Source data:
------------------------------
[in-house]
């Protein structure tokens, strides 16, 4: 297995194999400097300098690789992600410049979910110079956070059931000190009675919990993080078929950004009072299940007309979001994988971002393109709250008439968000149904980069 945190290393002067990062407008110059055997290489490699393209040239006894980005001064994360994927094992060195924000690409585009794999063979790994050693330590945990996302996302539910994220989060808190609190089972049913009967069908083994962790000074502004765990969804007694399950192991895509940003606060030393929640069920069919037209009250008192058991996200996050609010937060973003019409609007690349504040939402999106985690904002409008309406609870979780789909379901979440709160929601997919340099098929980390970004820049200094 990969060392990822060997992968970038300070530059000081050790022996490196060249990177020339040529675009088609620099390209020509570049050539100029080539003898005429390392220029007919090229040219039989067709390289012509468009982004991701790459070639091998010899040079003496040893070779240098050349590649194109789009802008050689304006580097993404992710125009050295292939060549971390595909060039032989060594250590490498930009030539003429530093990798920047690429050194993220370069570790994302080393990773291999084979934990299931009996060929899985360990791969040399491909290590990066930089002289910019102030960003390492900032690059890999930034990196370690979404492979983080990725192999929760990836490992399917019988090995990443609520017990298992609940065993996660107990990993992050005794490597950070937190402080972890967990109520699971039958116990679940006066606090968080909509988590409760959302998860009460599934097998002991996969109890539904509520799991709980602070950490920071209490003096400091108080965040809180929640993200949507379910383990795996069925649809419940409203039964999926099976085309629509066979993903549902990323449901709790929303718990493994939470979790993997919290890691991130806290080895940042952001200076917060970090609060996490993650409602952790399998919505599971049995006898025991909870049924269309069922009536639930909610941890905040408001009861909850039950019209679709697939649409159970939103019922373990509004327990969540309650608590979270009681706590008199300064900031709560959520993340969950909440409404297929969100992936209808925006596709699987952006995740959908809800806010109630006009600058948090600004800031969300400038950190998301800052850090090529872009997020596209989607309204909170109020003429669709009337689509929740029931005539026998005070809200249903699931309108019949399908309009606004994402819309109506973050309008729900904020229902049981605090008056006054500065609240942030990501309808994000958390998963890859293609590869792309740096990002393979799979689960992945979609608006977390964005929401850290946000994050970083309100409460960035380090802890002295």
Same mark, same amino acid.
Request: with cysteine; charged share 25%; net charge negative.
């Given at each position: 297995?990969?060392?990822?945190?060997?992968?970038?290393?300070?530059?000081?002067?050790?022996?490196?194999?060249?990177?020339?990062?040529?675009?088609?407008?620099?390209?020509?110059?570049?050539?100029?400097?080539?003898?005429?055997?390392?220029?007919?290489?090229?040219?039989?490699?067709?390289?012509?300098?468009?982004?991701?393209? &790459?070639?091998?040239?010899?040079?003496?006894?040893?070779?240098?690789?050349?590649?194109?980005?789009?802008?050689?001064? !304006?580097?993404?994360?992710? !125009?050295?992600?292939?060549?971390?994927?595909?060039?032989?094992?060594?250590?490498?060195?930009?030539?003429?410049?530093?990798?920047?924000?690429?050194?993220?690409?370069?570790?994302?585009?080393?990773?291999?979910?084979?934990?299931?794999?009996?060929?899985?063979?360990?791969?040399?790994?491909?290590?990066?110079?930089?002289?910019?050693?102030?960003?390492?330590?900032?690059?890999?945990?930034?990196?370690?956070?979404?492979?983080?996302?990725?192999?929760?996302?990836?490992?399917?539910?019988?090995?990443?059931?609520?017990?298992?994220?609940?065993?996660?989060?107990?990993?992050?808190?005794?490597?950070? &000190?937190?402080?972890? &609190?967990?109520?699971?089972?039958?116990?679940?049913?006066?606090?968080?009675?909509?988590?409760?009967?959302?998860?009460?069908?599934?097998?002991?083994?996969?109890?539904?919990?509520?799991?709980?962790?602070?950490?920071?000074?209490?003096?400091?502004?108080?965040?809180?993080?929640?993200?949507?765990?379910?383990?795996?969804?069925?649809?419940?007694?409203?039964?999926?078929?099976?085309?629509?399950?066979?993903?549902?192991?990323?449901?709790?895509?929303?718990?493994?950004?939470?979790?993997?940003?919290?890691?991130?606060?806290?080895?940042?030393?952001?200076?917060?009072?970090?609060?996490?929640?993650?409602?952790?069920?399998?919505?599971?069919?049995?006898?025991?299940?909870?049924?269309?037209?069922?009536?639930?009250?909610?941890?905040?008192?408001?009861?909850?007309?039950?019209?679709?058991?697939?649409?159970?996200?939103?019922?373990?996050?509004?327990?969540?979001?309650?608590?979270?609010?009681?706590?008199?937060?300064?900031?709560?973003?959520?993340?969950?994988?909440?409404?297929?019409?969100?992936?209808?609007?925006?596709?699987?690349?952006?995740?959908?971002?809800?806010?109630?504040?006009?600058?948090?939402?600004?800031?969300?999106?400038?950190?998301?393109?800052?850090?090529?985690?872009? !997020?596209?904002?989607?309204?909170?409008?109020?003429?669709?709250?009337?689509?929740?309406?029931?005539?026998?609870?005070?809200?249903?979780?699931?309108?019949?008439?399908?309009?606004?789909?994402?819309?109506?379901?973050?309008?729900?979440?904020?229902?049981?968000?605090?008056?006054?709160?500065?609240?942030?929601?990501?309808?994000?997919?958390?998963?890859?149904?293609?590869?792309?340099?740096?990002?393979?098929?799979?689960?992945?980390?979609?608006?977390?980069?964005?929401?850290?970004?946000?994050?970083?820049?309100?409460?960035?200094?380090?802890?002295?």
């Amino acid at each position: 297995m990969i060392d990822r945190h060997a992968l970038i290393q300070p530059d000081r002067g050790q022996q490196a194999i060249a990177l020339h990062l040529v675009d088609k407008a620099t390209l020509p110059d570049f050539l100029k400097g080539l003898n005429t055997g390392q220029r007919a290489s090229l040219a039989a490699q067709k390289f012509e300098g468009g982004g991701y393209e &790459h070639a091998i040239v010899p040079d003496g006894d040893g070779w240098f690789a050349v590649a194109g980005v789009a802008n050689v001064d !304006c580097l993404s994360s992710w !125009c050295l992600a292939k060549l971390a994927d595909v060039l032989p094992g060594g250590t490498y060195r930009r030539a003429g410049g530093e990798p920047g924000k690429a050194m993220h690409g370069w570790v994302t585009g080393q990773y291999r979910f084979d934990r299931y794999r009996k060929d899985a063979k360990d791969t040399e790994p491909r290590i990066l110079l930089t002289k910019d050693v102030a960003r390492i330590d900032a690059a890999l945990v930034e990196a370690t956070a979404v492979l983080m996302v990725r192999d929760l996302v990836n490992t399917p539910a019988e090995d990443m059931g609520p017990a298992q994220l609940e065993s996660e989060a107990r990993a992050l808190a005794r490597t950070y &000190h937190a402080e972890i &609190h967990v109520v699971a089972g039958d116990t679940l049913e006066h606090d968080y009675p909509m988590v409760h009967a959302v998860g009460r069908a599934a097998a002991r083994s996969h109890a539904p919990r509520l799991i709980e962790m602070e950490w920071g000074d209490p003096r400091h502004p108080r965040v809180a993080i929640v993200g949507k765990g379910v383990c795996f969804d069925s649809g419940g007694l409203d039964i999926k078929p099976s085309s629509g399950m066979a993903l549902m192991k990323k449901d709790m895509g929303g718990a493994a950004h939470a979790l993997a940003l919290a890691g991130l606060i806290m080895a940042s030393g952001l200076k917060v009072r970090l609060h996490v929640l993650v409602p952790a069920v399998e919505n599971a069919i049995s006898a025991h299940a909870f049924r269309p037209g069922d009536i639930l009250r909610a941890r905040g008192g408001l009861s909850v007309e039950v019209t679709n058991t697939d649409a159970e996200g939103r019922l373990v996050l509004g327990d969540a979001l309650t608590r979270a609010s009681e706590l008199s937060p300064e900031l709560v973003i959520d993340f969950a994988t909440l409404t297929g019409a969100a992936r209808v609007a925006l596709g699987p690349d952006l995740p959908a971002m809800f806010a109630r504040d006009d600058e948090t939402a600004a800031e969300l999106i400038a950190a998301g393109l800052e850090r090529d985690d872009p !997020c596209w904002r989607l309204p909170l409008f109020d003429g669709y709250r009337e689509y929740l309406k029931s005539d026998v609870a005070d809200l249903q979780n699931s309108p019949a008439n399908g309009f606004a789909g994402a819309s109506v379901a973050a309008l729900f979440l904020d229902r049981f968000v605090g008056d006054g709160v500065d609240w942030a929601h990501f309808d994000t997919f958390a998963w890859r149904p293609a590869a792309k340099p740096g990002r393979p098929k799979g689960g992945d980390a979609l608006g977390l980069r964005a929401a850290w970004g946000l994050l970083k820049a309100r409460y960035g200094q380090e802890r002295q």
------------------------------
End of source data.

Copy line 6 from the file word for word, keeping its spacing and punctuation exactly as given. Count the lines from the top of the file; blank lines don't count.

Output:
């Amino acid at each position: 297995m990969i060392d990822r945190h060997a992968l970038i290393q300070p530059d000081r002067g050790q022996q490196a194999i060249a990177l020339h990062l040529v675009d088609k407008a620099t390209l020509p110059d570049f050539l100029k400097g080539l003898n005429t055997g390392q220029r007919a290489s090229l040219a039989a490699q067709k390289f012509e300098g468009g982004g991701y393209e &790459h070639a091998i040239v010899p040079d003496g006894d040893g070779w240098f690789a050349v590649a194109g980005v789009a802008n050689v001064d !304006c580097l993404s994360s992710w !125009c050295l992600a292939k060549l971390a994927d595909v060039l032989p094992g060594g250590t490498y060195r930009r030539a003429g410049g530093e990798p920047g924000k690429a050194m993220h690409g370069w570790v994302t585009g080393q990773y291999r979910f084979d934990r299931y794999r009996k060929d899985a063979k360990d791969t040399e790994p491909r290590i990066l110079l930089t002289k910019d050693v102030a960003r390492i330590d900032a690059a890999l945990v930034e990196a370690t956070a979404v492979l983080m996302v990725r192999d929760l996302v990836n490992t399917p539910a019988e090995d990443m059931g609520p017990a298992q994220l609940e065993s996660e989060a107990r990993a992050l808190a005794r490597t950070y &000190h937190a402080e972890i &609190h967990v109520v699971a089972g039958d116990t679940l049913e006066h606090d968080y009675p909509m988590v409760h009967a959302v998860g009460r069908a599934a097998a002991r083994s996969h109890a539904p919990r509520l799991i709980e962790m602070e950490w920071g000074d209490p003096r400091h502004p108080r965040v809180a993080i929640v993200g949507k765990g379910v383990c795996f969804d069925s649809g419940g007694l409203d039964i999926k078929p099976s085309s629509g399950m066979a993903l549902m192991k990323k449901d709790m895509g929303g718990a493994a950004h939470a979790l993997a940003l919290a890691g991130l606060i806290m080895a940042s030393g952001l200076k917060v009072r970090l609060h996490v929640l993650v409602p952790a069920v399998e919505n599971a069919i049995s006898a025991h299940a909870f049924r269309p037209g069922d009536i639930l009250r909610a941890r905040g008192g408001l009861s909850v007309e039950v019209t679709n058991t697939d649409a159970e996200g939103r019922l373990v996050l509004g327990d969540a979001l309650t608590r979270a609010s009681e706590l008199s937060p300064e900031l709560v973003i959520d993340f969950a994988t909440l409404t297929g019409a969100a992936r209808v609007a925006l596709g699987p690349d952006l995740p959908a971002m809800f806010a109630r504040d006009d600058e948090t939402a600004a800031e969300l999106i400038a950190a998301g393109l800052e850090r090529d985690d872009p !997020c596209w904002r989607l309204p909170l409008f109020d003429g669709y709250r009337e689509y929740l309406k029931s005539d026998v609870a005070d809200l249903q979780n699931s309108p019949a008439n399908g309009f606004a789909g994402a819309s109506v379901a973050a309008l729900f979440l904020d229902r049981f968000v605090g008056d006054g709160v500065d609240w942030a929601h990501f309808d994000t997919f958390a998963w890859r149904p293609a590869a792309k340099p740096g990002r393979p098929k799979g689960g992945d980390a979609l608006g977390l980069r964005a929401a850290w970004g946000l994050l970083k820049a309100r409460y960035g200094q380090e802890r002295q």